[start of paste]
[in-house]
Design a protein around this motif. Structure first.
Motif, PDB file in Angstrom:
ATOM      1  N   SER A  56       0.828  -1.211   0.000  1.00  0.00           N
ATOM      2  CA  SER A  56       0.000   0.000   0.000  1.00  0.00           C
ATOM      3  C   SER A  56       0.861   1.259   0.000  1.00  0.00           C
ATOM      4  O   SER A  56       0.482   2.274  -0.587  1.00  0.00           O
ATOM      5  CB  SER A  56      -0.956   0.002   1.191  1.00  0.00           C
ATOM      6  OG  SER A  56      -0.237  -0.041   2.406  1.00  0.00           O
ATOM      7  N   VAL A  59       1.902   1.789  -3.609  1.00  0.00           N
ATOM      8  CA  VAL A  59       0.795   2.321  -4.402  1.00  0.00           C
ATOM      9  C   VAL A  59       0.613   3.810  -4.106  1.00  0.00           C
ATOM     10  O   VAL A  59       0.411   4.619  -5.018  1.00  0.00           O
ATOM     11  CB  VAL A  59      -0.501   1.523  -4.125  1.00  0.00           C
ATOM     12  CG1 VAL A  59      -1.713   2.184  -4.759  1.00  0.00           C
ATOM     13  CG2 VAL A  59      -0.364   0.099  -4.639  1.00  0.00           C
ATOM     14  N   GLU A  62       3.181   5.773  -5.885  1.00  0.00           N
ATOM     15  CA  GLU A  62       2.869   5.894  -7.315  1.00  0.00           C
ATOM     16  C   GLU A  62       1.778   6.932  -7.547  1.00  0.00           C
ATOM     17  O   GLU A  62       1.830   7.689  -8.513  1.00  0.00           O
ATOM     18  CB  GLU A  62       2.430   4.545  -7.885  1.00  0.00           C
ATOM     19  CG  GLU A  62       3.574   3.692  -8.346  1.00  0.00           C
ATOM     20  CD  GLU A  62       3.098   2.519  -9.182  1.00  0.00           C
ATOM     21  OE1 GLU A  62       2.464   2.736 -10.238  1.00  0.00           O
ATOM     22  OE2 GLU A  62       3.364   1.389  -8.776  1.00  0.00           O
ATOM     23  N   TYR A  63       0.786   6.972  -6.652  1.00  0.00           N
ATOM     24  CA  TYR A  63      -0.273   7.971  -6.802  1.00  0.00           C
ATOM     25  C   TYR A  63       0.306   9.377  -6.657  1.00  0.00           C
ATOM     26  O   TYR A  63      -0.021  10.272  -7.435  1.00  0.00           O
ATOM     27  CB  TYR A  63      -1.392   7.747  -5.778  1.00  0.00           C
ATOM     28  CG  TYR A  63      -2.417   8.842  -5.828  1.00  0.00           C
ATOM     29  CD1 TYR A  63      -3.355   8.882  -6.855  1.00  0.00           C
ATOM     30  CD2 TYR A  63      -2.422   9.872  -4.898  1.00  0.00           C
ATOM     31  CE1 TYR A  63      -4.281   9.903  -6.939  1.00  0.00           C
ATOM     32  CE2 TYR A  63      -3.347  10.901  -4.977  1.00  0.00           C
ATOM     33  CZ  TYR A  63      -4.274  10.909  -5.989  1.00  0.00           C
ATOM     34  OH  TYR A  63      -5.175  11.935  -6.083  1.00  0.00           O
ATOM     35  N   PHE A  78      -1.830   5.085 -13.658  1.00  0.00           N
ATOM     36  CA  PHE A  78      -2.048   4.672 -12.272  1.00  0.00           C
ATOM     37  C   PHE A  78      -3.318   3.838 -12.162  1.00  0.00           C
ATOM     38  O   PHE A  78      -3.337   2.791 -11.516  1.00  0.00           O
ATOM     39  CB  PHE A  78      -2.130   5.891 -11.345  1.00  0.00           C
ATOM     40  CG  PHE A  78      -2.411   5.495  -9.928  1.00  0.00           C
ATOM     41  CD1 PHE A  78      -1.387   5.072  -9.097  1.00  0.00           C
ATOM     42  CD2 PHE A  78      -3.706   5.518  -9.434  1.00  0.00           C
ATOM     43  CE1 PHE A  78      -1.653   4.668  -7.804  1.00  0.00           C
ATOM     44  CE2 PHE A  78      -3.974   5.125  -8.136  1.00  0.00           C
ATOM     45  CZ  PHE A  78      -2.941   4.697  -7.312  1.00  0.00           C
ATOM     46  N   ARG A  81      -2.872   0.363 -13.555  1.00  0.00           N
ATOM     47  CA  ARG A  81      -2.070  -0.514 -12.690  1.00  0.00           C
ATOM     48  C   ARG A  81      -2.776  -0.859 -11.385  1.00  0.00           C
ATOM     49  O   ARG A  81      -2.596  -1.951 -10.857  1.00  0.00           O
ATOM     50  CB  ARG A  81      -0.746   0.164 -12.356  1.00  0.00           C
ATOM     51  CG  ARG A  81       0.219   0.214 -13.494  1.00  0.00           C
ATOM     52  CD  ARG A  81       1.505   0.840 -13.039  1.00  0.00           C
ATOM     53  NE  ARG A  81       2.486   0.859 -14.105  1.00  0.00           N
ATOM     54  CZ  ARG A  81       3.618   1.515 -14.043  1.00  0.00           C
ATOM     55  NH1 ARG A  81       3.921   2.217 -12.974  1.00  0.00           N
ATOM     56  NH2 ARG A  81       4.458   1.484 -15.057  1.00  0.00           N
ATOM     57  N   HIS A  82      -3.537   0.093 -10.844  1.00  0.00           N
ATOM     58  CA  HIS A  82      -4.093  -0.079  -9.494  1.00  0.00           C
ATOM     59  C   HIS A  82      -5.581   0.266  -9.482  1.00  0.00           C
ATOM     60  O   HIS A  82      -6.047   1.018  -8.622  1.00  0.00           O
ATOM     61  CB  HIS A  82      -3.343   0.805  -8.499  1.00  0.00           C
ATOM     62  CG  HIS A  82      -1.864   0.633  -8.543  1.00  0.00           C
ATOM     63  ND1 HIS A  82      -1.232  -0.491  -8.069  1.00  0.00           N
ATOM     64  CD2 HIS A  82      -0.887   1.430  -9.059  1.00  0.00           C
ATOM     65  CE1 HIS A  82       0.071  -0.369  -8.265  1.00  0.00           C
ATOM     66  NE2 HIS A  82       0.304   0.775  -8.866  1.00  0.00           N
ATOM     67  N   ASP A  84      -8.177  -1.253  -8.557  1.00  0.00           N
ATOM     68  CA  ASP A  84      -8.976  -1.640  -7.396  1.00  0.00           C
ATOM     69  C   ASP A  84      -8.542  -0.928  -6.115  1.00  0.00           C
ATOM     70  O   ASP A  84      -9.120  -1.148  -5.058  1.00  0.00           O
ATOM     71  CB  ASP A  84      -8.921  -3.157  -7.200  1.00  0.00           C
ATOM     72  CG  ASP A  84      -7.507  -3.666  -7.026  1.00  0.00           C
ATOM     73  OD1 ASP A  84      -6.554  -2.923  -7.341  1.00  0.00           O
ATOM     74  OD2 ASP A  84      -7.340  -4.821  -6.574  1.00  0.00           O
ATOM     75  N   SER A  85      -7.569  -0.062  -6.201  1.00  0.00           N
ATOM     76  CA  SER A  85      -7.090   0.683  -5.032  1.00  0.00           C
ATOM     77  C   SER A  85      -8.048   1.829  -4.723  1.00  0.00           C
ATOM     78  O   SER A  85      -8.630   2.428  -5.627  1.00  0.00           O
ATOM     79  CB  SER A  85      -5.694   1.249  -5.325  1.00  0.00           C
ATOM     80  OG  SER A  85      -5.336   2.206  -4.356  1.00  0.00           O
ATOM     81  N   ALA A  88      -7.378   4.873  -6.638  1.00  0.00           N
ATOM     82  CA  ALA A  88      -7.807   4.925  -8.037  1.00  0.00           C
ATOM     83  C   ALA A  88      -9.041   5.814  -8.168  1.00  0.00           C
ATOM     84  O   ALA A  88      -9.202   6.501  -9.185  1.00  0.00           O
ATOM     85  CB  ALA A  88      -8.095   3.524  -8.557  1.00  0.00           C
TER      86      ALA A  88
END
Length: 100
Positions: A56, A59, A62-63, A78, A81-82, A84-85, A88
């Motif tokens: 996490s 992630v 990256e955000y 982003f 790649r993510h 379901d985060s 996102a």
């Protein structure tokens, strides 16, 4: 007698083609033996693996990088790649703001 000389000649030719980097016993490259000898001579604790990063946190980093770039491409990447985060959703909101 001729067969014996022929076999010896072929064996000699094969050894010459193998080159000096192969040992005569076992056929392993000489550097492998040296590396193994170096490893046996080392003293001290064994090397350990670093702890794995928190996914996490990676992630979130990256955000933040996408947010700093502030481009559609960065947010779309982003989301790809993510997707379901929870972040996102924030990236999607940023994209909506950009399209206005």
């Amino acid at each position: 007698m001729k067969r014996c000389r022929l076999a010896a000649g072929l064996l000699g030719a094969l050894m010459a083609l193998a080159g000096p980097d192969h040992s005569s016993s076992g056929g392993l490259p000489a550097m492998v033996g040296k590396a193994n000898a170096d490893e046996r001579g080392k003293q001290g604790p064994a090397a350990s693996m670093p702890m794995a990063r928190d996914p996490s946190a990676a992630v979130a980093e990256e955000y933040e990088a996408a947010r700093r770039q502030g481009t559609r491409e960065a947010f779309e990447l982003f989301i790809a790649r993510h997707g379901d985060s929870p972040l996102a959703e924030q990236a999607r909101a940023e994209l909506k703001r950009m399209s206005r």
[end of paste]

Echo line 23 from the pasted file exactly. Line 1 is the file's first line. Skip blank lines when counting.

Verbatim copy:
ATOM     20  CD  GLU A  62       3.098   2.519  -9.182  1.00  0.00           C